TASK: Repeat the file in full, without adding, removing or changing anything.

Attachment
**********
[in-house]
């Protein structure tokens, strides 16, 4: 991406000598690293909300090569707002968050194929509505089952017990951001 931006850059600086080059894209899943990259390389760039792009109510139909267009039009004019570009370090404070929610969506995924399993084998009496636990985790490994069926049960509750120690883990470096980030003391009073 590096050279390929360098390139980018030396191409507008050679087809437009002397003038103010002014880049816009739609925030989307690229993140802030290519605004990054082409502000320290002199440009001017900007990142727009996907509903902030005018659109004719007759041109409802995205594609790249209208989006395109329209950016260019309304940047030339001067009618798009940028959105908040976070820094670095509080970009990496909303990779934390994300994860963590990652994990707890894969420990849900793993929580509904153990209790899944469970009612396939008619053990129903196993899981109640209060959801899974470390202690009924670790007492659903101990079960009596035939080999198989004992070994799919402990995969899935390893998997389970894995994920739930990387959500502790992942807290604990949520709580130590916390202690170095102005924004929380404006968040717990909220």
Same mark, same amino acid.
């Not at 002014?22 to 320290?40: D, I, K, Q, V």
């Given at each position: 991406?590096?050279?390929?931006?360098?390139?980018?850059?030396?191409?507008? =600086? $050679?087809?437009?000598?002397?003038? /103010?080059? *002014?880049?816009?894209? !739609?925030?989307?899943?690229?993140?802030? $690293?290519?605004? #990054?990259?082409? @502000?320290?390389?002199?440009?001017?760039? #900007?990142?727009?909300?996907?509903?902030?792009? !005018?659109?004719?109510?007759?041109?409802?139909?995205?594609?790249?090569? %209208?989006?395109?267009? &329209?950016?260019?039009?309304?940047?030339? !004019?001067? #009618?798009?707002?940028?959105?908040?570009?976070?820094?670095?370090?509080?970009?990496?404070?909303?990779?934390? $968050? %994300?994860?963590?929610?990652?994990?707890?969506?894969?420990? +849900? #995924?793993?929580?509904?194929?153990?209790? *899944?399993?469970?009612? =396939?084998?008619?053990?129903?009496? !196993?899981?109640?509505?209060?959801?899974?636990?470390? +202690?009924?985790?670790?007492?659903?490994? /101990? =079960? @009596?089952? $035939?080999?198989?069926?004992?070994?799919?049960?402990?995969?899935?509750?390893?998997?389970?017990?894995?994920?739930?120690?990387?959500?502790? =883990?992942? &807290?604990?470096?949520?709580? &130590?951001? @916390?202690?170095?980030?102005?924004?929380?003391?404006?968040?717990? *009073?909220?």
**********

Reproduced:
[in-house]
């Protein structure tokens, strides 16, 4: 991406000598690293909300090569707002968050194929509505089952017990951001 931006850059600086080059894209899943990259390389760039792009109510139909267009039009004019570009370090404070929610969506995924399993084998009496636990985790490994069926049960509750120690883990470096980030003391009073 590096050279390929360098390139980018030396191409507008050679087809437009002397003038103010002014880049816009739609925030989307690229993140802030290519605004990054082409502000320290002199440009001017900007990142727009996907509903902030005018659109004719007759041109409802995205594609790249209208989006395109329209950016260019309304940047030339001067009618798009940028959105908040976070820094670095509080970009990496909303990779934390994300994860963590990652994990707890894969420990849900793993929580509904153990209790899944469970009612396939008619053990129903196993899981109640209060959801899974470390202690009924670790007492659903101990079960009596035939080999198989004992070994799919402990995969899935390893998997389970894995994920739930990387959500502790992942807290604990949520709580130590916390202690170095102005924004929380404006968040717990909220």
Same mark, same amino acid.
């Not at 002014?22 to 320290?40: D, I, K, Q, V």
């Given at each position: 991406?590096?050279?390929?931006?360098?390139?980018?850059?030396?191409?507008? =600086? $050679?087809?437009?000598?002397?003038? /103010?080059? *002014?880049?816009?894209? !739609?925030?989307?899943?690229?993140?802030? $690293?290519?605004? #990054?990259?082409? @502000?320290?390389?002199?440009?001017?760039? #900007?990142?727009?909300?996907?509903?902030?792009? !005018?659109?004719?109510?007759?041109?409802?139909?995205?594609?790249?090569? %209208?989006?395109?267009? &329209?950016?260019?039009?309304?940047?030339? !004019?001067? #009618?798009?707002?940028?959105?908040?570009?976070?820094?670095?370090?509080?970009?990496?404070?909303?990779?934390? $968050? %994300?994860?963590?929610?990652?994990?707890?969506?894969?420990? +849900? #995924?793993?929580?509904?194929?153990?209790? *899944?399993?469970?009612? =396939?084998?008619?053990?129903?009496? !196993?899981?109640?509505?209060?959801?899974?636990?470390? +202690?009924?985790?670790?007492?659903?490994? /101990? =079960? @009596?089952? $035939?080999?198989?069926?004992?070994?799919?049960?402990?995969?899935?509750?390893?998997?389970?017990?894995?994920?739930?120690?990387?959500?502790? =883990?992942? &807290?604990?470096?949520?709580? &130590?951001? @916390?202690?170095?980030?102005?924004?929380?003391?404006?968040?717990? *009073?909220?």